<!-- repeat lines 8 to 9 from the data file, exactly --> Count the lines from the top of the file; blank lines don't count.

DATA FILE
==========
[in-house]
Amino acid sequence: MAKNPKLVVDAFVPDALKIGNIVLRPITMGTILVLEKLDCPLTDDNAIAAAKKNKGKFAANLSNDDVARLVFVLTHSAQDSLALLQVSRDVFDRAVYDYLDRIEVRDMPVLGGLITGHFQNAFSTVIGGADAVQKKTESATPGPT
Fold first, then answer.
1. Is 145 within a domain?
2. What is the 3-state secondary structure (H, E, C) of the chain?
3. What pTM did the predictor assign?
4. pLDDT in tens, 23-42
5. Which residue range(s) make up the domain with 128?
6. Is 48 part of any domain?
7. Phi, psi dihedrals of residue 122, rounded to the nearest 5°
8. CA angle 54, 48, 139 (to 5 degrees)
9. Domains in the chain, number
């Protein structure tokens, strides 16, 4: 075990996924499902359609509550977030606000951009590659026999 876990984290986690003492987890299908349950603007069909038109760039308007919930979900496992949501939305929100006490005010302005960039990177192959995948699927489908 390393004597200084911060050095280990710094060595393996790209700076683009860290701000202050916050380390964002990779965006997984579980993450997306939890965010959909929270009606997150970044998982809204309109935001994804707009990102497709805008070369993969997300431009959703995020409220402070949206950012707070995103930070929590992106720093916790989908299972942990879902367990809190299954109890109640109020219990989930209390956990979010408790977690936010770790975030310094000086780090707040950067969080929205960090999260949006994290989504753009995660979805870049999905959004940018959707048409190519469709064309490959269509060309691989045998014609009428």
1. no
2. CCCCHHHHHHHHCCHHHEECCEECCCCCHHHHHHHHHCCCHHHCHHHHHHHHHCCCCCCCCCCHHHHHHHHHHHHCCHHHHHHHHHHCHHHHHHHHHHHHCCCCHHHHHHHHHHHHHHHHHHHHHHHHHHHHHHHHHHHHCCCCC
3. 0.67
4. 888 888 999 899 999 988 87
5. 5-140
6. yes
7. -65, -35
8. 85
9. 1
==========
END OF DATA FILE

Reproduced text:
5. Which residue range(s) make up the domain with 128?
6. Is 48 part of any domain?